is leaving his job as boss at
SunGard Data Systems
, the $5 billion (yearly sales) Wayne data-recovery, financial, college, and government software company he has headed since 2002.
Conde will be replaced May 31 by outsider Russell Fradin, a former executive at insurance broker Aon Hewitt and bank-tech giant Bisys Group.
Conde remains an "important shareholder," says SunGard spokesman Brian Robins. "This is an amicable transition, and the timing is right."
SunGard's four main businesses showed sales declines last year. The company has reported a loss each year since 2005. Robins says that's due partly to amortization of the $11 billion that Silver Lake Partners and other buyout firms paid to buy SunGard that year. He said that cash flow was improving and that SunGard was paying down its debt.
SunGard employs 20,000, including 2,000 in Wayne, Malvern, Center City, and other Philadelphia-area sites.
SunGard's Availability business, which grew from Sunoco's data-recovery unit, is facing Web-based competition. Conde is a veteran of SunGard's growing financial-services business, which he welded together from companies SunGard acquired in the 1990s and 2000s, and counts the world's biggest banks as clients.
M&T Bank, whose owners include billionaire Warren Buffett, says it's going to cut 630 workers at Wilmington Trust Co.'s two Wilmington high-rises by the end of the year as it consolidates Delaware's largest bank, which it has bought for $351 million.
But the troubled lender's leaders will stay on. Wilmington Trust's last chief executive, Don Foley, joins M&T's board. And Robert V.A. Harra, Wilmington Trust's last president, has been named an M&T senior vice president for community and customer relations.
Atwood "Woody" Collins 3d, head of M&T's Mid-Atlantic region, calls this a tribute to Harra and the useful connections he's made in his 40-year Delaware banking career. Harra won't be in charge of any loans.
M&T plans to keep Wilmington Trust's investment and tax-shelter businesses intact. But it will replace Wilmington Trust's sales-oriented development-loan culture, which wrecked the bank under past CEO Ted Cecala. M&T will focus on small-business lending.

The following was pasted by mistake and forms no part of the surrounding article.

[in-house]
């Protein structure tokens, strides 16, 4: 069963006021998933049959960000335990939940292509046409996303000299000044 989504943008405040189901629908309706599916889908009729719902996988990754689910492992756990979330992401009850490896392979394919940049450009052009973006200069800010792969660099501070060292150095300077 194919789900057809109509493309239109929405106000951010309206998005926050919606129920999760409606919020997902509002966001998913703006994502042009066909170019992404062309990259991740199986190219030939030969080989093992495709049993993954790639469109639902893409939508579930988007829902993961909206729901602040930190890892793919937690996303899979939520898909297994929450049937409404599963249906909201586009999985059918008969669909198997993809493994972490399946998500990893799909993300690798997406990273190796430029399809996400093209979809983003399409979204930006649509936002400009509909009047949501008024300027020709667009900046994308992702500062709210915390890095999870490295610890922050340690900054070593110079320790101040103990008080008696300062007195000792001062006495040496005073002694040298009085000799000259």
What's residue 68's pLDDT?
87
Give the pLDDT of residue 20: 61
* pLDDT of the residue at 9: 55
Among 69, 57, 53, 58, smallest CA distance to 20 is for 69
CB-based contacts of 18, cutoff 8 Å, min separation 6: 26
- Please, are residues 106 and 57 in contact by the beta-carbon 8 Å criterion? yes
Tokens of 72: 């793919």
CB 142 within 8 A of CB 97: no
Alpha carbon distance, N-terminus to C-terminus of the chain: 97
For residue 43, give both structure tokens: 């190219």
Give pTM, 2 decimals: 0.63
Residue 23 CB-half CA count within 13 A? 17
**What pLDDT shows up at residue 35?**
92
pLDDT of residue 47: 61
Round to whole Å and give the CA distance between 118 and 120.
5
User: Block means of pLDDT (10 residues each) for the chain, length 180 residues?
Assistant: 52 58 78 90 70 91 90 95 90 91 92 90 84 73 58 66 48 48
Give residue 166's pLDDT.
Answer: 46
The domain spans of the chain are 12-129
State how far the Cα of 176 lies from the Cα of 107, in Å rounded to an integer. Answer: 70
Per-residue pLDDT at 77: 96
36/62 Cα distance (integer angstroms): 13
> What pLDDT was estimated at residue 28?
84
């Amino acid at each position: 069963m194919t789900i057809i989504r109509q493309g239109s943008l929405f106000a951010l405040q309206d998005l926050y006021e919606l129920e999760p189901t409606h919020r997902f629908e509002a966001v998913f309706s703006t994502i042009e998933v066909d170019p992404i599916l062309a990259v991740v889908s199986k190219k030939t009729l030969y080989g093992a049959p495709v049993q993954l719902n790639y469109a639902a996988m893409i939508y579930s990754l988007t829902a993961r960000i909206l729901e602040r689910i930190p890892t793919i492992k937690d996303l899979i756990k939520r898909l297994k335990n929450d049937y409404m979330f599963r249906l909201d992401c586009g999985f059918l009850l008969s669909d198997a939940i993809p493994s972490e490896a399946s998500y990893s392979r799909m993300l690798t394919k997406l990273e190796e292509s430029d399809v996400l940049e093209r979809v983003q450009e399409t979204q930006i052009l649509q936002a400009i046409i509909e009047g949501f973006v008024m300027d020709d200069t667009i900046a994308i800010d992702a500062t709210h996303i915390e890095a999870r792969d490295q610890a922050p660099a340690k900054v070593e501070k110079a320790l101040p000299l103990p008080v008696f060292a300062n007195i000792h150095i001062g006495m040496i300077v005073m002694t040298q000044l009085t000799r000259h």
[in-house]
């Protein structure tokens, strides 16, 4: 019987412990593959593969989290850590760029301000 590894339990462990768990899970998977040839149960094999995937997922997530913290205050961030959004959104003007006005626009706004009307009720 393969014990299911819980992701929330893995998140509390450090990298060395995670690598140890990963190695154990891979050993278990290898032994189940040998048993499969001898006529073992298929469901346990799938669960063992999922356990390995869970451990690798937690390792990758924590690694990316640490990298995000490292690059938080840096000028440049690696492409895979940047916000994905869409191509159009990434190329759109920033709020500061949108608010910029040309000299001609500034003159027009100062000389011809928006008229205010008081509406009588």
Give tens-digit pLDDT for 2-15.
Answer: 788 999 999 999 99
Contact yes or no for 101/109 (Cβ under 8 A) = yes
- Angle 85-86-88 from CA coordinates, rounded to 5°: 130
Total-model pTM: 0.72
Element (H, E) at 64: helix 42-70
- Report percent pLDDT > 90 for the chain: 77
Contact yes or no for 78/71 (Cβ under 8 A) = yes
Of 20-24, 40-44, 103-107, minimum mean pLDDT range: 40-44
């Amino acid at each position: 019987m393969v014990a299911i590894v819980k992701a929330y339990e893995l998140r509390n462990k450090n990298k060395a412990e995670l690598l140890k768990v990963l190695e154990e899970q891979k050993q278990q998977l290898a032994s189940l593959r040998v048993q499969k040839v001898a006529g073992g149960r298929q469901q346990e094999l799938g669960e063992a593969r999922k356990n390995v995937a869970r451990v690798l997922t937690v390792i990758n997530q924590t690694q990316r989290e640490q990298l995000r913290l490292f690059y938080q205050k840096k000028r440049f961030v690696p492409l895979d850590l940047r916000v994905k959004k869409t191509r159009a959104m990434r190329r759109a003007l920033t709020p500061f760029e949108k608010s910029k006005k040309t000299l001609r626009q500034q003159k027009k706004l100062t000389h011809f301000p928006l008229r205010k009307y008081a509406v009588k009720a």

"We were able to lend through the recession, while Wilmington Trust was forced to shrink," Collins said.
M&T has paid off Wilmington Trust's $330 million federal TARP (Troubled Asset Relief Program) investment, Collins added.
3i Infotech Ltd.
, of Mumbai, says it has agreed to sell
, of Blue Bell, and
of Edison, N.J., to
Cerberus Capital Management
, the New York-based buyout firm that owned
, for $137 million.
3i bought J&B in 2007 and Regulus in 2008 and combined them into its global billing and payments group. J&B, started by veterans of Unisys Inc. in the 1980s, develops and sells payment software, including a bank-by-phone system, to banks and retailers. Regulus outsources U.S. payment-service jobs to India.
J&B employed about 400. Kathy Hamburger, based in Edison, will keep her job as head of both J&B and Regulus. She said Cerberus plans to expand the group.
The U.S. Court of Appeals for the Third Circuit, based in Philadelphia, on Monday upheld a $23.6 million damages and interest award to Philadelphia's William A. Graham Co. against its rival USI Midatlantic Inc.
A federal jury found in 2009 that USI used copyrighted documents stolen by an ex-Graham employee to compete with Graham, starting in the early 1990s. USI called the verdict excessive, but a three-judge panel affirmed the award.
USI will appeal to the U.S. Supreme Court, USI general counsel Ernest Newborn said. USI's controlling owner is Goldman Sachs Capital Partners.
David J. Wolfsohn, of Woodcock Washburn in Philadelphia, won the appeal for Graham, with help from Henry E. Hockeimer Jr., of Ballard Spahr L.L.C. Floyd Abrams, of Cahill Gordon & Reindel, of New York, argued for USI, with help from lawyers at Pepper Hamilton L.L.P. in Philadelphia.